MILWAUKEE - The roots of indoor soccer and futsal run deep in Milwaukee and Keith Tozer has a lot to do with that.
The Commissioner of the Major Arena Soccer League was head coach of the Milwaukee Wave for 22 years where they won six league titles.
"The game of indoor soccer and futsal here in Milwaukee, Wisconsin, has grown exponentially over the years," said Tozer. "I think the Milwaukee wave players that have grown up in this area or have come from this area has played a big part of that because then they filter into the different youth clubs around the area."
Tozer has also grown the game outside of Panther Arena with camps and clubs as well as building courts like the one in Lincoln Park for the community.
"This this was a not use tennis court, probably four or five years ago," Tozer said. "And as you can see now, this is a court where young players, boys and girls and adults can come out, don't need a referee. You don't need a coach. This is what people do around the world. This is where the passion comes from. This is where the technique comes from."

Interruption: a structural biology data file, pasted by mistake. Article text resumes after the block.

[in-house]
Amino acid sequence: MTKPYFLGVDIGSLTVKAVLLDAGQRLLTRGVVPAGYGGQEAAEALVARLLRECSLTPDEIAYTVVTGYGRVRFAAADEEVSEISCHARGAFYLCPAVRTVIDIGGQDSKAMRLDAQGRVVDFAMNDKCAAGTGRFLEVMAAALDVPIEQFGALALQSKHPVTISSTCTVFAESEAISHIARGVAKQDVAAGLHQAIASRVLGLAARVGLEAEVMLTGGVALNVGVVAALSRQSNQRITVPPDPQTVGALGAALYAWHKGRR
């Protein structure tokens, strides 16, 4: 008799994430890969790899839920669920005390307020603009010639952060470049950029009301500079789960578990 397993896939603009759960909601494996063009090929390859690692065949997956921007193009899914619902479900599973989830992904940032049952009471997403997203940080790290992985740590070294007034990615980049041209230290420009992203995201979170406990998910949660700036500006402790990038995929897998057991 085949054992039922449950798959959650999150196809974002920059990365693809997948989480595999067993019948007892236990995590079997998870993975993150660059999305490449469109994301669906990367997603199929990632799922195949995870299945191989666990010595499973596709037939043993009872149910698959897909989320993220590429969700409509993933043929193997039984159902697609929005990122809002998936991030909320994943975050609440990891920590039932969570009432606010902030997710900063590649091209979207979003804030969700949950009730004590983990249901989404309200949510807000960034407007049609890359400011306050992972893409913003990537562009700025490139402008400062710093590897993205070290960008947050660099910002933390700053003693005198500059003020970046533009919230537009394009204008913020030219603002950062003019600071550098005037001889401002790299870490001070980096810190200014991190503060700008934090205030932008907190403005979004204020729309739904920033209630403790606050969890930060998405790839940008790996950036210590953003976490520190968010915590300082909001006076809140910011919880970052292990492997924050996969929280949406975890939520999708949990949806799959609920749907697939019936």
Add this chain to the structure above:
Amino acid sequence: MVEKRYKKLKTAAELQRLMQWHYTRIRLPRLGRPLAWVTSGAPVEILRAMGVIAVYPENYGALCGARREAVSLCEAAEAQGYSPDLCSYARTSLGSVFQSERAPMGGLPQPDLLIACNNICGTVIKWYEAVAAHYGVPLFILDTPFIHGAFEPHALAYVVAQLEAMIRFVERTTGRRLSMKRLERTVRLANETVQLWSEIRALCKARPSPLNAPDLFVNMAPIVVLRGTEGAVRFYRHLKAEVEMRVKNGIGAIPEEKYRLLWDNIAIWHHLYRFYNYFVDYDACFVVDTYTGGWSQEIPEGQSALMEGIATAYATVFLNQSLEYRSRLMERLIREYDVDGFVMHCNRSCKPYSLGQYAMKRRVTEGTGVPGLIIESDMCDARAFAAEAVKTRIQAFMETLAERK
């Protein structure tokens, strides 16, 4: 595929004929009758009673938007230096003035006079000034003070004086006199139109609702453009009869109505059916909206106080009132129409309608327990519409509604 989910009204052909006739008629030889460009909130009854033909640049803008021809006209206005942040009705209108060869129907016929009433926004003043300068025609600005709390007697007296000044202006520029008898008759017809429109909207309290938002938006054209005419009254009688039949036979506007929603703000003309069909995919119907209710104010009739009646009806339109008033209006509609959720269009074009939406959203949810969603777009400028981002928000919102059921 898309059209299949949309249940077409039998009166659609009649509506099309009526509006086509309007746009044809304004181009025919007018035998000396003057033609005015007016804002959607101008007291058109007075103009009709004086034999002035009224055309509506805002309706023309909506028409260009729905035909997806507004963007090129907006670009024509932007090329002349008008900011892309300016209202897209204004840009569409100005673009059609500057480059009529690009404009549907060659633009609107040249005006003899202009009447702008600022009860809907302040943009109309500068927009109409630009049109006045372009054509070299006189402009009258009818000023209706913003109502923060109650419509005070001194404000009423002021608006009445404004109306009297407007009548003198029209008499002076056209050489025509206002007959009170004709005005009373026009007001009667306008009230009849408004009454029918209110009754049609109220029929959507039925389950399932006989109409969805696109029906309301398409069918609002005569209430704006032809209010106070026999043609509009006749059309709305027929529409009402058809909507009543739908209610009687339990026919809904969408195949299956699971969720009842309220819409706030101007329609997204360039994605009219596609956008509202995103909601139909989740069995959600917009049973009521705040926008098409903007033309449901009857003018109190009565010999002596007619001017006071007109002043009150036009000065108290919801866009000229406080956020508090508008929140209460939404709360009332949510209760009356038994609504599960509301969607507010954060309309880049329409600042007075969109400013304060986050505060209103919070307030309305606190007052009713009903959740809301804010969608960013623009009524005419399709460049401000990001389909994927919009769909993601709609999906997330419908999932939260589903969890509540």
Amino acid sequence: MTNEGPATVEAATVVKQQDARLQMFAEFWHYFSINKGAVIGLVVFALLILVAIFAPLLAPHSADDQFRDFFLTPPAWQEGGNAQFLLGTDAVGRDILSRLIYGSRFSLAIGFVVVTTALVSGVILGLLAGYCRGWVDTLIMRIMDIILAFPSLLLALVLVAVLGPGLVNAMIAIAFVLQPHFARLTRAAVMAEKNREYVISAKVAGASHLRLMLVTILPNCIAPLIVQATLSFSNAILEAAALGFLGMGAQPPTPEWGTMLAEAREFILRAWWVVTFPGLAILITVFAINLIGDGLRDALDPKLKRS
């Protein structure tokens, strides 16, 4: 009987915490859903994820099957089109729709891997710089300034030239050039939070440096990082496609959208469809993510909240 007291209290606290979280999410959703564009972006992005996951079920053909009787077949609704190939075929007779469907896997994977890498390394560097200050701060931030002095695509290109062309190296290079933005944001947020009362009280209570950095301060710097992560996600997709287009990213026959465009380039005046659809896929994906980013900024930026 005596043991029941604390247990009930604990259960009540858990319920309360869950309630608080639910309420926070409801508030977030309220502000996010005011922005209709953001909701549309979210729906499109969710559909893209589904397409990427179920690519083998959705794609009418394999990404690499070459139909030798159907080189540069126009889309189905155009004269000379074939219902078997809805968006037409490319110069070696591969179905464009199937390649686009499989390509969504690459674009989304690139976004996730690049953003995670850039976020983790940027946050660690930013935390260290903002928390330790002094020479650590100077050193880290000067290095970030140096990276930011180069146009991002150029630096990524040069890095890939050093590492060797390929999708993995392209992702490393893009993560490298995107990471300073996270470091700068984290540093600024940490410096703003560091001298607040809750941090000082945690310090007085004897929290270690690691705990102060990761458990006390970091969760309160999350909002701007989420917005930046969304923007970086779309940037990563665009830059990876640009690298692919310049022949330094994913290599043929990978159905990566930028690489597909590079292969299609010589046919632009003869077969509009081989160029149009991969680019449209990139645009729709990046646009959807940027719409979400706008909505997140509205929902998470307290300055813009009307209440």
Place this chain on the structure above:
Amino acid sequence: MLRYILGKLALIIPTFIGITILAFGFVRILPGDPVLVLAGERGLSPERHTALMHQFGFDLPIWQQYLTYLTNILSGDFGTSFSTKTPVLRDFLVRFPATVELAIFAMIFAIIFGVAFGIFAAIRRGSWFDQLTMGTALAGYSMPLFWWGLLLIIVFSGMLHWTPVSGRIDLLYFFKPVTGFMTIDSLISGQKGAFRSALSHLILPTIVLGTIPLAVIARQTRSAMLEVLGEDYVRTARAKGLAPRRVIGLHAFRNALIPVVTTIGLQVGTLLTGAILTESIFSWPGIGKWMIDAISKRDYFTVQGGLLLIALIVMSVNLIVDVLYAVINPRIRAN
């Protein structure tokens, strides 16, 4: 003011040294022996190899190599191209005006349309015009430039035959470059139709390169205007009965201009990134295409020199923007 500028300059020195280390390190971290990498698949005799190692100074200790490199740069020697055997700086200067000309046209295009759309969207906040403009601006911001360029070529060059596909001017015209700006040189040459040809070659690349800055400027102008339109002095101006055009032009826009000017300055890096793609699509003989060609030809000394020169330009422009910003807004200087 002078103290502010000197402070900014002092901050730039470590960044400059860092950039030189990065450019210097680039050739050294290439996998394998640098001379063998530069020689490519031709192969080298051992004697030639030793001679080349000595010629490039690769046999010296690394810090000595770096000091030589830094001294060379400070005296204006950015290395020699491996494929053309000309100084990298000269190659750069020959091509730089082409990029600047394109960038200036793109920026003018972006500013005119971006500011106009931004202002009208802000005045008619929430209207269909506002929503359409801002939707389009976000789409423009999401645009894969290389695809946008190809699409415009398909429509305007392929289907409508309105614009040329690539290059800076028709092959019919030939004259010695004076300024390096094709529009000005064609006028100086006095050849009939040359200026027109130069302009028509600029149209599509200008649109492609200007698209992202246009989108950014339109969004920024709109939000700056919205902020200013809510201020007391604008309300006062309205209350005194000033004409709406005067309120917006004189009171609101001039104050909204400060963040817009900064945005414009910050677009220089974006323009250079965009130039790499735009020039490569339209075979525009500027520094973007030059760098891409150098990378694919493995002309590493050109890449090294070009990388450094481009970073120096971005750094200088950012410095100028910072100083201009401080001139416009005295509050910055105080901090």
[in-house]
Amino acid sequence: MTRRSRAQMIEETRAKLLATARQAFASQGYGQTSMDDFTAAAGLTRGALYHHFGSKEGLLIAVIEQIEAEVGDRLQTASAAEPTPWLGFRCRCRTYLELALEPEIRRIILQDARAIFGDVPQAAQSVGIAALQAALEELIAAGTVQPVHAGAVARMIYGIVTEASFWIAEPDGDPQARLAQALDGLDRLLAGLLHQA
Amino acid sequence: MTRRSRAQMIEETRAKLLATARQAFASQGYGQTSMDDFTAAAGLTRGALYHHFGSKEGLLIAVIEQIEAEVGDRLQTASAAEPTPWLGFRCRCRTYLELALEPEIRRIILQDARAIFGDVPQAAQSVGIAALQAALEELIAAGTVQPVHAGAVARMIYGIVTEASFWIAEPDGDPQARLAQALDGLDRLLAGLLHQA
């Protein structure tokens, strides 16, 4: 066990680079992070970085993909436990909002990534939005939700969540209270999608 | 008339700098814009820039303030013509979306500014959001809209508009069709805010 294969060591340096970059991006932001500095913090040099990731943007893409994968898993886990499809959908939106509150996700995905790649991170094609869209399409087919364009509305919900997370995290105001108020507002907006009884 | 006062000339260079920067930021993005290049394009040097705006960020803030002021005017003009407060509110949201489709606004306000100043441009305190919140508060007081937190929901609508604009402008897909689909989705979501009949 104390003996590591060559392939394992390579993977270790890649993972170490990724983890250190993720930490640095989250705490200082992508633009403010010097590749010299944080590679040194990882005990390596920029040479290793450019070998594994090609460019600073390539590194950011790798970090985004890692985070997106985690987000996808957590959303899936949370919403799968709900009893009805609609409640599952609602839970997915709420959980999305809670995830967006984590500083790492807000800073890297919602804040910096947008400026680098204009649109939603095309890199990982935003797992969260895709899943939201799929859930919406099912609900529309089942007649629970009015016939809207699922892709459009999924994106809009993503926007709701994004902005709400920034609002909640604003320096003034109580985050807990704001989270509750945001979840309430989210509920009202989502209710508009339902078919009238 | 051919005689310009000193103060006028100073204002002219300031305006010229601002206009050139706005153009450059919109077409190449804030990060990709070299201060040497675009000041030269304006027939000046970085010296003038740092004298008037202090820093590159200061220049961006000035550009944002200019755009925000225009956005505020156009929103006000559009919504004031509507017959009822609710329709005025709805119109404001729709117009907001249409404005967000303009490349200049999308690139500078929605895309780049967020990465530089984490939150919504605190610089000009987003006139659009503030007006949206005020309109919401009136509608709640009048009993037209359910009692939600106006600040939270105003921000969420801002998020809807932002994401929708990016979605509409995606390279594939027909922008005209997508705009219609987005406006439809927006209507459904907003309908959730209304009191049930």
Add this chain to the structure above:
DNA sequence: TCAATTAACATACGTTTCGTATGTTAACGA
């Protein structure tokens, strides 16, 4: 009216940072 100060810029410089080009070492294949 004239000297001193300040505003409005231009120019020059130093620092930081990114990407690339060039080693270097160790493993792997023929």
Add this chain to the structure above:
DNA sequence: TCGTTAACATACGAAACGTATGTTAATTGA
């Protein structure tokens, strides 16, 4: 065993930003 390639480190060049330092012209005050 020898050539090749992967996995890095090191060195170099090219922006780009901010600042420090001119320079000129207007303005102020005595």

An entire generation of players grew up watching Tozer and the Wave.
Kenosha Bradford grad Zach Reget was one of them.
"I wish I was six years old hearing about all that, to be honest," said Reget. "I think that it's awesome. A little jealous."
Reget now plays for the Florida Tropics, a rival of the Wave.
After three seasons in the MASL, futsal came calling.
The U.S. team hosted open tryouts in the spring and Reget, who had never played before, made the squad.
"I mean, you dream about it, right," asked Reget. "I mean, most most players dream of the outdoor team or whatever you grew up playing. Did I ever think I'd genuinely be in this position now? I mean, I was motivated to, but when the dream becomes reality, you're like, well, you know, I'm still in shock."
Reget scored two goals in the CONCACAF semifinals and final, helping the U.S. finish as runner-ups.
That performance meant Reget could play on a bigger stage at the 2021 FIFA Futsal World Cup in Lithuania. He wants to make sure it's not his last.
"It's so motivating," Reget said. "So I hope that this isn't my only cycle. I mean, I'm very excited and it's so fresh and new to me. You know, I feel like a rookie for this and I love it."
"That's what it's really about," said Tozer. "It's it's sharing this process, the passion to the player from the United States. And I think that's what's happened. It's pretty cool."